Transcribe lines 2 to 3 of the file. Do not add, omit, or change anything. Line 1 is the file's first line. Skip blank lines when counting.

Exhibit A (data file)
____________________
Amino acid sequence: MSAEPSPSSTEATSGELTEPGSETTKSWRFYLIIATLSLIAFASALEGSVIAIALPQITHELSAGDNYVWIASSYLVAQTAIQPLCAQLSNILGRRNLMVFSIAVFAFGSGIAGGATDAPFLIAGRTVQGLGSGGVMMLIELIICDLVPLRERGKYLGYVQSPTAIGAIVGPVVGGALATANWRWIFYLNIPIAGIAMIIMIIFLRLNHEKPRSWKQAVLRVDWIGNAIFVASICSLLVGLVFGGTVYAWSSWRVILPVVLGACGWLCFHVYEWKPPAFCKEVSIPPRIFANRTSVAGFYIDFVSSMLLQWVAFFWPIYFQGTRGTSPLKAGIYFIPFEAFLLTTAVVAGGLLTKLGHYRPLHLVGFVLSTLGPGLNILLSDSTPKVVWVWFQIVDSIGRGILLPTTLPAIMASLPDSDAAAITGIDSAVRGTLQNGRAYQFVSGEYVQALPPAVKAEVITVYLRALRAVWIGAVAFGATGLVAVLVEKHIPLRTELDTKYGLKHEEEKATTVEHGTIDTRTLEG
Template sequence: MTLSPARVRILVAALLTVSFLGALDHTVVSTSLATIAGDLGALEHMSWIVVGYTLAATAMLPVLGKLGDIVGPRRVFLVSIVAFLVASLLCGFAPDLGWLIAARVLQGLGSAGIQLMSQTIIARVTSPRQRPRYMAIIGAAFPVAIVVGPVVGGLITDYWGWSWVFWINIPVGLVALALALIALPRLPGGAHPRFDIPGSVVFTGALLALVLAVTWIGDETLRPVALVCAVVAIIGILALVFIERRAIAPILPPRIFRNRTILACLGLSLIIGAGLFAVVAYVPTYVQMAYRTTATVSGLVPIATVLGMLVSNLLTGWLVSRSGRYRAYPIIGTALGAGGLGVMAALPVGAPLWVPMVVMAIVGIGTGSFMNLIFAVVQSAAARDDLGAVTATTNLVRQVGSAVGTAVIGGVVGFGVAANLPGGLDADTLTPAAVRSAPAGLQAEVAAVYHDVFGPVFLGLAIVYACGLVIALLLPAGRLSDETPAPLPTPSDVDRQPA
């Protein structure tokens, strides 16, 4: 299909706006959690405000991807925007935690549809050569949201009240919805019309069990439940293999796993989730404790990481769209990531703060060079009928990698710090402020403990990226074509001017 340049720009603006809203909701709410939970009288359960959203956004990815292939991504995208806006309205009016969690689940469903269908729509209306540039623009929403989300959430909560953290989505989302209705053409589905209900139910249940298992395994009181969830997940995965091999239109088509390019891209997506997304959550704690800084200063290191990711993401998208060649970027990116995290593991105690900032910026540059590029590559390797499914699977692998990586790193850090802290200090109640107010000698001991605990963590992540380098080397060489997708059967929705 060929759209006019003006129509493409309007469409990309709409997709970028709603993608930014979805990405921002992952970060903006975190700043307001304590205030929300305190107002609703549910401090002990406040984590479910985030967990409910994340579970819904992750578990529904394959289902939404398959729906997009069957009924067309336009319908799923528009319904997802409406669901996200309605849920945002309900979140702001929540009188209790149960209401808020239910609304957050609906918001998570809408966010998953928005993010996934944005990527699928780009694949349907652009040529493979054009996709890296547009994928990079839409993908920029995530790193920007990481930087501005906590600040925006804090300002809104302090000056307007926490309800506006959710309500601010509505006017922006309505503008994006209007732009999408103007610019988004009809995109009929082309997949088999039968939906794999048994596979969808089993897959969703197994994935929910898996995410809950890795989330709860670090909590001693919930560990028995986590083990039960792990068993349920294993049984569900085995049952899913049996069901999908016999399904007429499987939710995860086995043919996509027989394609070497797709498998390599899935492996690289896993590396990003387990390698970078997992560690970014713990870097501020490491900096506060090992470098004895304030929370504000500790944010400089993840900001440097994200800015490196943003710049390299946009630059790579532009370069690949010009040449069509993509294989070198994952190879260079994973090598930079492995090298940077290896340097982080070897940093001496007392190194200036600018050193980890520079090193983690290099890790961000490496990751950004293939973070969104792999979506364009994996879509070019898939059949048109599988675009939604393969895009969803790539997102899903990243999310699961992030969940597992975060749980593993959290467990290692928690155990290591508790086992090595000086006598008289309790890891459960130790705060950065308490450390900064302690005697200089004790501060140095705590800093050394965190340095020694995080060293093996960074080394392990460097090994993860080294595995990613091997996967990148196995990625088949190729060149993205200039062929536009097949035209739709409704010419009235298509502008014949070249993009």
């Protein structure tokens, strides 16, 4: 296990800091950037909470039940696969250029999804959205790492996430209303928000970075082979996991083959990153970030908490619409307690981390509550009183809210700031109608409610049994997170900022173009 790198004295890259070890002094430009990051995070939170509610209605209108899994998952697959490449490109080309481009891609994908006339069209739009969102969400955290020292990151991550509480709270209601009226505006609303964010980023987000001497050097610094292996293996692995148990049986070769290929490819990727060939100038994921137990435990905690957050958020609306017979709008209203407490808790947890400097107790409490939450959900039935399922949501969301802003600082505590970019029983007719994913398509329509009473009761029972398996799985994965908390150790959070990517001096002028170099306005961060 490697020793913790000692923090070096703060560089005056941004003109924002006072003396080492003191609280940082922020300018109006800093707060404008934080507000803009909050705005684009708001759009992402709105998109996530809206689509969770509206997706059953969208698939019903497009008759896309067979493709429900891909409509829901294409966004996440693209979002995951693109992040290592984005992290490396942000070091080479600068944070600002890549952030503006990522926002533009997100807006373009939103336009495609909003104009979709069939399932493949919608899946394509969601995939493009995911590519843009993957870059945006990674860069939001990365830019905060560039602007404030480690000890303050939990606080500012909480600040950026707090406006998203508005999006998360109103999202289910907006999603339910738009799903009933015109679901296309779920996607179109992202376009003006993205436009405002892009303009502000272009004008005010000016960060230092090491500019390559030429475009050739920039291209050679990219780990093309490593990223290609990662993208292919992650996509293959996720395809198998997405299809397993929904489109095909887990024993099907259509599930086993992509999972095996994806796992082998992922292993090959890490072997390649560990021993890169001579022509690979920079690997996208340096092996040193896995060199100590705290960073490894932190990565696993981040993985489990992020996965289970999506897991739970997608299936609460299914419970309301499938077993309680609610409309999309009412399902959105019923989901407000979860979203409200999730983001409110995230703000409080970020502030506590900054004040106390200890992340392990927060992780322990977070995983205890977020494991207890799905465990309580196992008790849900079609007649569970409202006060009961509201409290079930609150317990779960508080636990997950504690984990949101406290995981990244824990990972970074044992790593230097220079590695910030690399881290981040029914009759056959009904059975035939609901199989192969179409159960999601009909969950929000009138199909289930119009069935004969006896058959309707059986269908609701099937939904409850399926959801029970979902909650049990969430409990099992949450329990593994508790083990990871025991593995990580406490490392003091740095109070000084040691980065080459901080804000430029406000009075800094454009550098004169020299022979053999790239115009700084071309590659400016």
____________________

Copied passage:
Template sequence: MTLSPARVRILVAALLTVSFLGALDHTVVSTSLATIAGDLGALEHMSWIVVGYTLAATAMLPVLGKLGDIVGPRRVFLVSIVAFLVASLLCGFAPDLGWLIAARVLQGLGSAGIQLMSQTIIARVTSPRQRPRYMAIIGAAFPVAIVVGPVVGGLITDYWGWSWVFWINIPVGLVALALALIALPRLPGGAHPRFDIPGSVVFTGALLALVLAVTWIGDETLRPVALVCAVVAIIGILALVFIERRAIAPILPPRIFRNRTILACLGLSLIIGAGLFAVVAYVPTYVQMAYRTTATVSGLVPIATVLGMLVSNLLTGWLVSRSGRYRAYPIIGTALGAGGLGVMAALPVGAPLWVPMVVMAIVGIGTGSFMNLIFAVVQSAAARDDLGAVTATTNLVRQVGSAVGTAVIGGVVGFGVAANLPGGLDADTLTPAAVRSAPAGLQAEVAAVYHDVFGPVFLGLAIVYACGLVIALLLPAGRLSDETPAPLPTPSDVDRQPA
């Protein structure tokens, strides 16, 4: 299909706006959690405000991807925007935690549809050569949201009240919805019309069990439940293999796993989730404790990481769209990531703060060079009928990698710090402020403990990226074509001017 340049720009603006809203909701709410939970009288359960959203956004990815292939991504995208806006309205009016969690689940469903269908729509209306540039623009929403989300959430909560953290989505989302209705053409589905209900139910249940298992395994009181969830997940995965091999239109088509390019891209997506997304959550704690800084200063290191990711993401998208060649970027990116995290593991105690900032910026540059590029590559390797499914699977692998990586790193850090802290200090109640107010000698001991605990963590992540380098080397060489997708059967929705 060929759209006019003006129509493409309007469409990309709409997709970028709603993608930014979805990405921002992952970060903006975190700043307001304590205030929300305190107002609703549910401090002990406040984590479910985030967990409910994340579970819904992750578990529904394959289902939404398959729906997009069957009924067309336009319908799923528009319904997802409406669901996200309605849920945002309900979140702001929540009188209790149960209401808020239910609304957050609906918001998570809408966010998953928005993010996934944005990527699928780009694949349907652009040529493979054009996709890296547009994928990079839409993908920029995530790193920007990481930087501005906590600040925006804090300002809104302090000056307007926490309800506006959710309500601010509505006017922006309505503008994006209007732009999408103007610019988004009809995109009929082309997949088999039968939906794999048994596979969808089993897959969703197994994935929910898996995410809950890795989330709860670090909590001693919930560990028995986590083990039960792990068993349920294993049984569900085995049952899913049996069901999908016999399904007429499987939710995860086995043919996509027989394609070497797709498998390599899935492996690289896993590396990003387990390698970078997992560690970014713990870097501020490491900096506060090992470098004895304030929370504000500790944010400089993840900001440097994200800015490196943003710049390299946009630059790579532009370069690949010009040449069509993509294989070198994952190879260079994973090598930079492995090298940077290896340097982080070897940093001496007392190194200036600018050193980890520079090193983690290099890790961000490496990751950004293939973070969104792999979506364009994996879509070019898939059949048109599988675009939604393969895009969803790539997102899903990243999310699961992030969940597992975060749980593993959290467990290692928690155990290591508790086992090595000086006598008289309790890891459960130790705060950065308490450390900064302690005697200089004790501060140095705590800093050394965190340095020694995080060293093996960074080394392990460097090994993860080294595995990613091997996967990148196995990625088949190729060149993205200039062929536009097949035209739709409704010419009235298509502008014949070249993009």